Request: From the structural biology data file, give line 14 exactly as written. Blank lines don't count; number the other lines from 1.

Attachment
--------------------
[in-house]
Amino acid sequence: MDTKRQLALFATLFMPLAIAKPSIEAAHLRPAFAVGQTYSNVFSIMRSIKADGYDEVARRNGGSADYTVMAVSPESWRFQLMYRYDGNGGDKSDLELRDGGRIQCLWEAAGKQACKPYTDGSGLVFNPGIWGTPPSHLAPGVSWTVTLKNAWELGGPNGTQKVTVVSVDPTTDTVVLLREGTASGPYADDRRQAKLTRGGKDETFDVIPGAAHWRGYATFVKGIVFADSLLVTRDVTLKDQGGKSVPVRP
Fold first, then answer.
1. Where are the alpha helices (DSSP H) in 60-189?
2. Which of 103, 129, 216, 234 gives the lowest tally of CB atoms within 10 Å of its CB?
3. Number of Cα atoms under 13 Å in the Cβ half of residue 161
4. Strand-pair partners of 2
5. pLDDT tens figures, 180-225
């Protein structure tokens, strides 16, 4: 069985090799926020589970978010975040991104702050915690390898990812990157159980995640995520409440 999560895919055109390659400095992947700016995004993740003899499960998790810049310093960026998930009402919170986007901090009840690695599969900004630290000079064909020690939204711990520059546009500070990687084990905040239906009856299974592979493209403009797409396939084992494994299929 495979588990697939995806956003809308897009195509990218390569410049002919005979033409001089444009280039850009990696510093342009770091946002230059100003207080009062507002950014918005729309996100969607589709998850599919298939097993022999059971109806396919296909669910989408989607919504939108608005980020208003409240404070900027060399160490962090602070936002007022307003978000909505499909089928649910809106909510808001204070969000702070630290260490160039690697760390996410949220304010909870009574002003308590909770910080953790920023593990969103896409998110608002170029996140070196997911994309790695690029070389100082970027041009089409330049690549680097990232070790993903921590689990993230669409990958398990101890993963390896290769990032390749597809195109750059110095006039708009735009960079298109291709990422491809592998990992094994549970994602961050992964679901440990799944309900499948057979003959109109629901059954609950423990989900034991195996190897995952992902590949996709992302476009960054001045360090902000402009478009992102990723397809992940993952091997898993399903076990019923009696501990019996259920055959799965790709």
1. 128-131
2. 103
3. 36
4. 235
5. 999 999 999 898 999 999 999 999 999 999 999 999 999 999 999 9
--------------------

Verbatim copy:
5. 999 999 999 898 999 999 999 999 999 999 999 999 999 999 999 9